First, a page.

NFID Efforts To Reach Racial, Ethnic Families About Dangers Of Meningitis
The National Foundation for Infectious Diseases' (NFID) S.T.O.P. (Share. Teach. Outreach. Protect.) Meningitis! coalition, composed of many of the nation's leading medical and advocacy organizations, recently issued a Call to Action to improve adolescent meningococcal vaccination rates and to reduce immunization disparities among racial and ethnic groups and other underserved populations.
"Meningococcal disease is a serious bacterial infection that progresses rapidly and often leads to death or long-term health consequences," said Susan J. Rehm, MD, NFID Medical Director and Vice Chair, Department of Infectious Disease at the Cleveland Clinic. "To ensure adolescents across all racial, ethnic, and socioeconomic groups are protected from this devastating disease, increased efforts are needed to reduce disparities and educate families about the benefits of meningococcal vaccination."
The Centers for Disease Control and Prevention (CDC) recommends meningococcal vaccination for all adolescents 11-18 years of age and college freshmen living in dormitories (only one vaccination is needed). While recent CDC data shows an increase in the number of teens receiving meningococcal vaccination (up from 11.7% in 2006 to 32.4% in 2007), immunization rates still remain low with only a third of pre-teens and teens having been vaccinated. These data show there is a considerable amount of work to do in helping teens and their parents understand the dangers of meningococcal disease and the importance of vaccination.
A recent survey conducted by GfK Roper on behalf of NFID to assess meningococcal disease awareness among African American, Hispanic and Caucasian parents of children ages 11 to 21 showed only 27 percent of Hispanic parents, 31 percent of African American parents and 41 percent of Caucasian parents believe their children are at risk for meningococcal disease, or meningitis. In addition, 58 percent of African American parents, 49 percent of Hispanic parents, and 49 percent of Caucasian parentsdid not know there is a vaccine available to help prevent the disease. However, once made aware of the availability of the vaccine, the majority indicated they would have their adolescent immunized.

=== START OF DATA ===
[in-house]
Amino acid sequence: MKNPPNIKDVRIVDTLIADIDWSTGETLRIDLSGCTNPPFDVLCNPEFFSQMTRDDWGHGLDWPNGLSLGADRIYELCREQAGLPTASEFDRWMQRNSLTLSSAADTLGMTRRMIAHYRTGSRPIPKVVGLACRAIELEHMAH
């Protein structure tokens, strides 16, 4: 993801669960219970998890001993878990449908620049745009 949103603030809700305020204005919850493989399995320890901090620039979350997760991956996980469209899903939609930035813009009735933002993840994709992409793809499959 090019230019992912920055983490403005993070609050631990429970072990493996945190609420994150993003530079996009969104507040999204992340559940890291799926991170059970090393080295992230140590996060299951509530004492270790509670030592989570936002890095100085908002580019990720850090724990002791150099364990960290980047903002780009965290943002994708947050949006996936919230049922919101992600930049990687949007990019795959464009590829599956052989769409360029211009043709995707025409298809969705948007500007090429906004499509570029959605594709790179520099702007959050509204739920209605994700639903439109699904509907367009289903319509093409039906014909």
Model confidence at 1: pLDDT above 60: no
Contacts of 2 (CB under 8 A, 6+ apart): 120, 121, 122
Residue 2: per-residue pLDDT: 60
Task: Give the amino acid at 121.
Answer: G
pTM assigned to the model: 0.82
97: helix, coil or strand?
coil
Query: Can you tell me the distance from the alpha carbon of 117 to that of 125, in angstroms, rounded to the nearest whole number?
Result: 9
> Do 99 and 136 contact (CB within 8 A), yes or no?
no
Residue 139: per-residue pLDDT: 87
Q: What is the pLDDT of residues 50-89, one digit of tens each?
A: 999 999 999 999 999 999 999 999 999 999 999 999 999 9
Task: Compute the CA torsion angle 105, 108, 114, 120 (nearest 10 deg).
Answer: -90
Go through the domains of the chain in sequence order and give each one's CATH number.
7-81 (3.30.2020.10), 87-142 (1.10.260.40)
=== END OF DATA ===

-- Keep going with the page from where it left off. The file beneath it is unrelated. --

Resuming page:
The Call to Action, entitled "Improving Meningococcal Vaccination Rates in Adolescents and Reducing Racial, Ethnic and Socioeconomic Disparities," discusses disparities in meningococcal disease awareness among certain racial and ethnic groups. The piece also identifies barriers to immunization and outlines strategies to increase meningococcal vaccination rates among all adolescents.
To assist health care providers in reaching underserved, at-risk populations,the Call to Action outlines strategies for addressing the needs of diverse groups and increasing immunization rates. These strategies include:
* Implementation of educational programs concerning meningococcal disease, including offering materials and services for non-English speaking parents and patients
* Ensuring equal access to vaccines for all adolescents by utilizing all medical visits and alternative sites (schools, pharmacies) as opportunities for vaccination as well as implementing in-practice standing orders
* Removing financial barriers to immunization by informing parents of children eligible for the Vaccines for Children (VFC) program about the availability of free vaccine to protect their child from meningococcal disease
The Call to Action was developed following a meeting of NFID's S.T.O.P. Meningitis! coalition, which includes the following medical and advocacy organizations: the American Academy of Family Physicians, American Academy of Pediatrics, American College Health Association, American College of Physicians, American Medical Association, Asian & Pacific Islander American Health Forum, National Asian Women's Health Organization, National Association of County & City Health Officials, National Association of School Nurses, National Hispanic Medical Association, National Medical Association, National Meningitis Association, and the Society for Adolescent Medicine. The goals of S.T.O.P. Meningitis! are supported by the CDC.
The Call to Action can be accessed on the NFID Web site at www.nfid.org. Also available on the Web site are downloadable resource materials to support implementation of in-practice meningococcal immunization programs. These materials are available in English, Spanish, Chinese, Hindi, Cambodian, Loatian, Japanese, Tagalog, Korean and Vietnamese.